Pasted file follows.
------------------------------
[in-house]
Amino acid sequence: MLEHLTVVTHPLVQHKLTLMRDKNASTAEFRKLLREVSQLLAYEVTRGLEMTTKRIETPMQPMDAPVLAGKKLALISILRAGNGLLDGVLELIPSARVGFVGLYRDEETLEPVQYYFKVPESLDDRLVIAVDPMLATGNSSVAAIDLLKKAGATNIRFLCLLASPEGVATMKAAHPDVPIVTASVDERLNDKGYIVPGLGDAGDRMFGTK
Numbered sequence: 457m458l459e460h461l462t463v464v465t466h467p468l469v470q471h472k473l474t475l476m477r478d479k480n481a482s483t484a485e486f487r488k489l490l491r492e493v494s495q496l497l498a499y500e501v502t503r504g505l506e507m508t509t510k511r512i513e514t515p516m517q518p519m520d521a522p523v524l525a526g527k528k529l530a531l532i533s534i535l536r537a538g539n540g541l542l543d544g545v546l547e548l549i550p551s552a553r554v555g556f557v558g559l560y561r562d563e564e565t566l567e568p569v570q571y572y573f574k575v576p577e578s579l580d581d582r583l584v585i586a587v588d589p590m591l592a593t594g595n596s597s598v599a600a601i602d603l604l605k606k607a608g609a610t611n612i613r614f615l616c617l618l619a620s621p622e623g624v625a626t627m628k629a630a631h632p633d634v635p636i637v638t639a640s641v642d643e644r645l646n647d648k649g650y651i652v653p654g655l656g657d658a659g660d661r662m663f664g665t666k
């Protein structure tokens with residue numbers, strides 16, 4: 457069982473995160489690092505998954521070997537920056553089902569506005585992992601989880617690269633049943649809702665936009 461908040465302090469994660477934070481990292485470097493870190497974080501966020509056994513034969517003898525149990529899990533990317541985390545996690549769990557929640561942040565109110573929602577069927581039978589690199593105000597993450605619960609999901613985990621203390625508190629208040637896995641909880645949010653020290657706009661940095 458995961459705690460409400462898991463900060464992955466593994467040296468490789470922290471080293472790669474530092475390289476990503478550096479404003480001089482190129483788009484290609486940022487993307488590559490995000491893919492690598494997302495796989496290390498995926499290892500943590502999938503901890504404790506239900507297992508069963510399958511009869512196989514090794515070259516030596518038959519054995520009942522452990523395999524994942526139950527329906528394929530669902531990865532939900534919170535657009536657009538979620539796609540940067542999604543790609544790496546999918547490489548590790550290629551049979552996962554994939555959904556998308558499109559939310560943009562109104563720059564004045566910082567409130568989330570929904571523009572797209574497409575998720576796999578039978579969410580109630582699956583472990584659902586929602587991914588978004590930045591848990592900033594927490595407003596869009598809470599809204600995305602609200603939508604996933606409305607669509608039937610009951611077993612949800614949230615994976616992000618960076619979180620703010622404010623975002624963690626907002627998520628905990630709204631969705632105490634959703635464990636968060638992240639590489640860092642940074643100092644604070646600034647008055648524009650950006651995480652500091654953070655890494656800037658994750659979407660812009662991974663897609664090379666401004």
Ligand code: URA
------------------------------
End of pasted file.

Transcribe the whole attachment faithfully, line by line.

[in-house]
Amino acid sequence: MLEHLTVVTHPLVQHKLTLMRDKNASTAEFRKLLREVSQLLAYEVTRGLEMTTKRIETPMQPMDAPVLAGKKLALISILRAGNGLLDGVLELIPSARVGFVGLYRDEETLEPVQYYFKVPESLDDRLVIAVDPMLATGNSSVAAIDLLKKAGATNIRFLCLLASPEGVATMKAAHPDVPIVTASVDERLNDKGYIVPGLGDAGDRMFGTK
Numbered sequence: 457m458l459e460h461l462t463v464v465t466h467p468l469v470q471h472k473l474t475l476m477r478d479k480n481a482s483t484a485e486f487r488k489l490l491r492e493v494s495q496l497l498a499y500e501v502t503r504g505l506e507m508t509t510k511r512i513e514t515p516m517q518p519m520d521a522p523v524l525a526g527k528k529l530a531l532i533s534i535l536r537a538g539n540g541l542l543d544g545v546l547e548l549i550p551s552a553r554v555g556f557v558g559l560y561r562d563e564e565t566l567e568p569v570q571y572y573f574k575v576p577e578s579l580d581d582r583l584v585i586a587v588d589p590m591l592a593t594g595n596s597s598v599a600a601i602d603l604l605k606k607a608g609a610t611n612i613r614f615l616c617l618l619a620s621p622e623g624v625a626t627m628k629a630a631h632p633d634v635p636i637v638t639a640s641v642d643e644r645l646n647d648k649g650y651i652v653p654g655l656g657d658a659g660d661r662m663f664g665t666k
């Protein structure tokens with residue numbers, strides 16, 4: 457069982473995160489690092505998954521070997537920056553089902569506005585992992601989880617690269633049943649809702665936009 461908040465302090469994660477934070481990292485470097493870190497974080501966020509056994513034969517003898525149990529899990533990317541985390545996690549769990557929640561942040565109110573929602577069927581039978589690199593105000597993450605619960609999901613985990621203390625508190629208040637896995641909880645949010653020290657706009661940095 458995961459705690460409400462898991463900060464992955466593994467040296468490789470922290471080293472790669474530092475390289476990503478550096479404003480001089482190129483788009484290609486940022487993307488590559490995000491893919492690598494997302495796989496290390498995926499290892500943590502999938503901890504404790506239900507297992508069963510399958511009869512196989514090794515070259516030596518038959519054995520009942522452990523395999524994942526139950527329906528394929530669902531990865532939900534919170535657009536657009538979620539796609540940067542999604543790609544790496546999918547490489548590790550290629551049979552996962554994939555959904556998308558499109559939310560943009562109104563720059564004045566910082567409130568989330570929904571523009572797209574497409575998720576796999578039978579969410580109630582699956583472990584659902586929602587991914588978004590930045591848990592900033594927490595407003596869009598809470599809204600995305602609200603939508604996933606409305607669509608039937610009951611077993612949800614949230615994976616992000618960076619979180620703010622404010623975002624963690626907002627998520628905990630709204631969705632105490634959703635464990636968060638992240639590489640860092642940074643100092644604070646600034647008055648524009650950006651995480652500091654953070655890494656800037658994750659979407660812009662991974663897609664090379666401004």
Ligand code: URA